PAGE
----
1 NOVEMBER 1930, Page 36

The Competition

Report of the Harkness Gift Competition.

IN the Spectator of October 18th we offered a prize of two guineas for the best suggestion, written clearly and legibly on a postcard, as to how the income from Mr. Harkness' generous gift of about £2,000,000 should be most beneficially spent. The suggestions which we have received are not altogether satisfactory, although some of them are useful : for instance, recreation huts for boys throughout the country, the spending of the dividend from the gift on research with the object of reviving agriculture in England, or that the capital should be devoted to the extinction of the American Debt: We feel that in most cases competitors have taken the short rather than the long view in estimating the most useful way in which this money can be spent.

We have decided to award the prize, therefore, to Mr. Walter Ashley for the following suggestion. Although Mr. Ashley does not specify the best manner of spending this money, he lays down a very wise guiding principle for its distribution. Before the allocation of so large a sum much thought will necessarily have to be devoted to the formula- tion of a principle upon which to work. We consider that Mr. Ashley's contribution to this end is definitely helpful. Incidentally, we marvel at his skill in crowding so much written matter on to a postcard—and in a perfectly legible handwriting !

The Preamble of the Pilgrim Trust Deed, which sets out the purpose of Mr. Harlmess's munificent gift, makes memorable reference to the resources Great Britain freely spent in the War, and to the burden she has since sustained " honourably and without complaint." The distribution of the income from the gift should clearly be in close conformity with these generous sentiments. The first task of the Trustees, therefore, should be to determine which of the many organizations, whose beneficent work will have been brought to their notice, substantially con- tributed to the national resources so freely spent in the War ; and then, which of those so selected have also borne a considerable share of the national burden since sustained.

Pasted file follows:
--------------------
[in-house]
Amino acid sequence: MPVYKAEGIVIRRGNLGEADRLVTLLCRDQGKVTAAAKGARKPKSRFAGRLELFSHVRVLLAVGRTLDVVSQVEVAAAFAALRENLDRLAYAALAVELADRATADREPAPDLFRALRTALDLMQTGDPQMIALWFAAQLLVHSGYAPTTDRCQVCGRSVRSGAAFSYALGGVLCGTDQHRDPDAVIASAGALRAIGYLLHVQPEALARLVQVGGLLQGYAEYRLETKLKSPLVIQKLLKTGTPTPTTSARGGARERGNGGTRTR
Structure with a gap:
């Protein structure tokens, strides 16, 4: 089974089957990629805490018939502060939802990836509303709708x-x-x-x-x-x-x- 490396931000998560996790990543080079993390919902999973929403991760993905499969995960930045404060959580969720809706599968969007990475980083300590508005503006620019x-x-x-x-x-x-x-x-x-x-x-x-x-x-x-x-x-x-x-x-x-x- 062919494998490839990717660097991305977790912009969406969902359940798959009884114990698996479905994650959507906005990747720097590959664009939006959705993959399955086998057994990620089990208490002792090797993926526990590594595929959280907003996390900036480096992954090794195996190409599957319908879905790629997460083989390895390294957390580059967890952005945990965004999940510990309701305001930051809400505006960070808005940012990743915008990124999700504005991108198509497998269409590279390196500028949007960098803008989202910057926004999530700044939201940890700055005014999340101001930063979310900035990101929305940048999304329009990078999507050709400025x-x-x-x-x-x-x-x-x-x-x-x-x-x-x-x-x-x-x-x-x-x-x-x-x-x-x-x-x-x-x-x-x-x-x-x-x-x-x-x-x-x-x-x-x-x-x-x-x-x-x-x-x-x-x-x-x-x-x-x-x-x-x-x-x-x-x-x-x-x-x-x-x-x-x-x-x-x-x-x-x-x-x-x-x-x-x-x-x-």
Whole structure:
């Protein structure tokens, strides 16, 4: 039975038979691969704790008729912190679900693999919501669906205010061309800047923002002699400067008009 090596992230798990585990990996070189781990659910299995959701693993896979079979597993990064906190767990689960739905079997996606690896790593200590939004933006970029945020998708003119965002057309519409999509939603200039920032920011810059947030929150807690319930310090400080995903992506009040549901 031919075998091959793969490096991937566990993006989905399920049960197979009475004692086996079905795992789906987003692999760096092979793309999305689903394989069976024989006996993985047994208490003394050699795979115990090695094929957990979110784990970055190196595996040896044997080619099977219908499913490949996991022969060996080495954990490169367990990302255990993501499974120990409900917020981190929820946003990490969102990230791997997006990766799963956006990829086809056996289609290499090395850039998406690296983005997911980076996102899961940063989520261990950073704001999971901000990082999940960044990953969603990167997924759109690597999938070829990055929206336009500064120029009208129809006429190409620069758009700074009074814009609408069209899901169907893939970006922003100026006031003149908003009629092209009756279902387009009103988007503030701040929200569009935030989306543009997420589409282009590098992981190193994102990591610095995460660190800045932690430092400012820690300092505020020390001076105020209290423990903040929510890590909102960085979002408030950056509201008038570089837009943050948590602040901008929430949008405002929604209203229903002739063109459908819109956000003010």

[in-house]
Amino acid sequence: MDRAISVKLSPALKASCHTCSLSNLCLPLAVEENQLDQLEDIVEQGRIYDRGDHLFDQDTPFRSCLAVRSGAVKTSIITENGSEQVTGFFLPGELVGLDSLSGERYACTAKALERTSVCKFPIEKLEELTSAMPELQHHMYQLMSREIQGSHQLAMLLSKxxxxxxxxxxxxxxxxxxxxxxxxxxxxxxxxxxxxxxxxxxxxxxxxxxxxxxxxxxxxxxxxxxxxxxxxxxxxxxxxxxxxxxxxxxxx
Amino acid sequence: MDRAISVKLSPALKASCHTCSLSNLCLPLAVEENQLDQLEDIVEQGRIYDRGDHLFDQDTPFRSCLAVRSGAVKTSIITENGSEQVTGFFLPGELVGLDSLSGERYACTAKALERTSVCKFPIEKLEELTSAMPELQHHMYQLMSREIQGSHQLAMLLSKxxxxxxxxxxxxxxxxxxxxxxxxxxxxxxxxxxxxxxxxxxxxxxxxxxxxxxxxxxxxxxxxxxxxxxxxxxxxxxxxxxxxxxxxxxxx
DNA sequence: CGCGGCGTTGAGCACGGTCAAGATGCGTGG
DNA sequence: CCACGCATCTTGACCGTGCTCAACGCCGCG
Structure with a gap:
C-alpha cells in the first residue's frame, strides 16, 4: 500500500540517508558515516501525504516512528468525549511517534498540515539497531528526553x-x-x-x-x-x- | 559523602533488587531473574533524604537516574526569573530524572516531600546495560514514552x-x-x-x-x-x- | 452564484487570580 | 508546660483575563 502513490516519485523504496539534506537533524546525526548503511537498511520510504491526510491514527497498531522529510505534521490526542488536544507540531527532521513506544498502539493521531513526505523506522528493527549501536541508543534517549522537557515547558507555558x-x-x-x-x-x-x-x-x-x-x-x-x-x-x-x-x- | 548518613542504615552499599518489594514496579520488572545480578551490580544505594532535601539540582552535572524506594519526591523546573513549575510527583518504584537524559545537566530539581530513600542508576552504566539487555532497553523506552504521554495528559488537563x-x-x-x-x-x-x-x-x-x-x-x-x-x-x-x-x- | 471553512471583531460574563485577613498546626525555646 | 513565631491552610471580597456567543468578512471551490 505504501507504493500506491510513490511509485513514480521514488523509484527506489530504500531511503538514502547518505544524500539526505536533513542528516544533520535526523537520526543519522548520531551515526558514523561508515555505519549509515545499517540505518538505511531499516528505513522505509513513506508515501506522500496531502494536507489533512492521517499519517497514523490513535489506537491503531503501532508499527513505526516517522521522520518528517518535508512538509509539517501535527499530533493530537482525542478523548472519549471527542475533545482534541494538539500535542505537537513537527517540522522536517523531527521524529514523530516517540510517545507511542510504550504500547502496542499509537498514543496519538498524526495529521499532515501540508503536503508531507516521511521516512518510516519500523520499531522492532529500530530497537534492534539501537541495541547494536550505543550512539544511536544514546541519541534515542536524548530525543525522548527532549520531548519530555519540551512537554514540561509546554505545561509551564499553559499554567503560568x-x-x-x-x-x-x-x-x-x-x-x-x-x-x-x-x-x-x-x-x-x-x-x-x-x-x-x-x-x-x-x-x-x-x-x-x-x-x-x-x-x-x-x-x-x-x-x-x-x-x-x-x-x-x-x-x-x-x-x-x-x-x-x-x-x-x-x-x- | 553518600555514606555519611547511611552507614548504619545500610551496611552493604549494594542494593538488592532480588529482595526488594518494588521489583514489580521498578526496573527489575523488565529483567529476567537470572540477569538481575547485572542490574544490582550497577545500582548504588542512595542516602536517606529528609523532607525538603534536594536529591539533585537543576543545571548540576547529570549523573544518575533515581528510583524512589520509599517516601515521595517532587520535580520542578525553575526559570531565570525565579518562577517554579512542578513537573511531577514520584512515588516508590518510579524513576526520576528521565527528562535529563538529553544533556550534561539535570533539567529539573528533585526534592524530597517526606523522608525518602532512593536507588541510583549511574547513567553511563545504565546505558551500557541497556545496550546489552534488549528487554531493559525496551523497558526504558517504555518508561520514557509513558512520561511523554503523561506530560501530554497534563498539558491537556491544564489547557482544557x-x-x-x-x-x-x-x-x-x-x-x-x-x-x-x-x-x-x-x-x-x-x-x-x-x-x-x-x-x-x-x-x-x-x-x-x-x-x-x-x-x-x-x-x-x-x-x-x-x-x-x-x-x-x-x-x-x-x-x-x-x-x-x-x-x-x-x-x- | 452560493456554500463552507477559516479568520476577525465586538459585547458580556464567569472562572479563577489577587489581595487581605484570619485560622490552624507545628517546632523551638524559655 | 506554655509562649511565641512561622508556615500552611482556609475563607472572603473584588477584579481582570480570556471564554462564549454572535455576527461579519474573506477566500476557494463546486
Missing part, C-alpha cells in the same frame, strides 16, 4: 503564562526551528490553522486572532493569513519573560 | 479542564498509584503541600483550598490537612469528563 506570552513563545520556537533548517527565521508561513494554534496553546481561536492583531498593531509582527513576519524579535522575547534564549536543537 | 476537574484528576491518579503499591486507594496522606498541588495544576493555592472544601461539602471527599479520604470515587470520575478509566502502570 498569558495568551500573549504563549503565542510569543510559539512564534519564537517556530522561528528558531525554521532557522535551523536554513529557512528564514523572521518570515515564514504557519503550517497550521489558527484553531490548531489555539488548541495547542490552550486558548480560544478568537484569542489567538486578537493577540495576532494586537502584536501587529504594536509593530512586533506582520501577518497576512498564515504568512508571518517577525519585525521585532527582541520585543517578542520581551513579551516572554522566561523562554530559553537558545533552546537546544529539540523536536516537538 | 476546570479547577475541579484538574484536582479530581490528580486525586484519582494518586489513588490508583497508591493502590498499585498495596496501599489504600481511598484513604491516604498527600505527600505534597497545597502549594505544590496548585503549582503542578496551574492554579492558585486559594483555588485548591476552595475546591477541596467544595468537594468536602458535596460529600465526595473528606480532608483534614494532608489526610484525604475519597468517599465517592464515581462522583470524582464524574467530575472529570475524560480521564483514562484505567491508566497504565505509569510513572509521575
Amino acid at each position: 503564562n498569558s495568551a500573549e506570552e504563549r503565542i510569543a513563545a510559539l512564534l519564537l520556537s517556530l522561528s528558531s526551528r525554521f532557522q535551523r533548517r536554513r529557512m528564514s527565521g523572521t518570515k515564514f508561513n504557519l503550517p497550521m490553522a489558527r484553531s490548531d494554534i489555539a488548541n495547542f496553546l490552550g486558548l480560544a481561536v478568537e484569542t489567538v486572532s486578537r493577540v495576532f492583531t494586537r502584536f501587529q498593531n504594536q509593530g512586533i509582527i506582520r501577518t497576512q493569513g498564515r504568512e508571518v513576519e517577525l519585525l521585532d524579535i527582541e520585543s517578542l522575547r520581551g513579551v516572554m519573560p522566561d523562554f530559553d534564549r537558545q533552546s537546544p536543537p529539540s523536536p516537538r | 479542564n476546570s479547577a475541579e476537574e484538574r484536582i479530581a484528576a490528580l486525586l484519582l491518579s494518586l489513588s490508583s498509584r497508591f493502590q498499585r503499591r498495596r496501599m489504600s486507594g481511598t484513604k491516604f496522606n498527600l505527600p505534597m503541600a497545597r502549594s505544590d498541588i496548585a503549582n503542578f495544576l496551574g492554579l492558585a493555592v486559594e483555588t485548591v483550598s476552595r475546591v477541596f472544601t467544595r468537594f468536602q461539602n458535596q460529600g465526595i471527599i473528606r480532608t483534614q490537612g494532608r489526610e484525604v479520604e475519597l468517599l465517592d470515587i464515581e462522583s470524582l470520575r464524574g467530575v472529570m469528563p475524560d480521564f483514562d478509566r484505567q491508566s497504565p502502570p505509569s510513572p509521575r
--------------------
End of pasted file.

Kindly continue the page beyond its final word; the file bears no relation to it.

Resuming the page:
The purpose of the gift, however, is not only restorative but constructive—helping the nation to new and more progressive enterprise. The second task of the Trustees, therefore, should be to decide which of the organizations, already chosen by reason of their past service, are best qualified to stimulate such enterprise by reason of (a) their own inherent vitality and creative powers ; 09 the vitality and creative powers of those among whom they work. Such a process will inevitably lead them to concentrate, largely if not entirely, on societies or institutions concerned with youth, since without youth no national renewal can be more than temporary.

Such a process of elimination, clearly in close consonance with the purpose of the gift, should enable the Trustees, by a few sub• stantial allocations rather than many small ones, to maintain the fine spirit of magnanimity which has animated the donor.

5 Langton Accuse, N. 20. WALTER ASHLEY.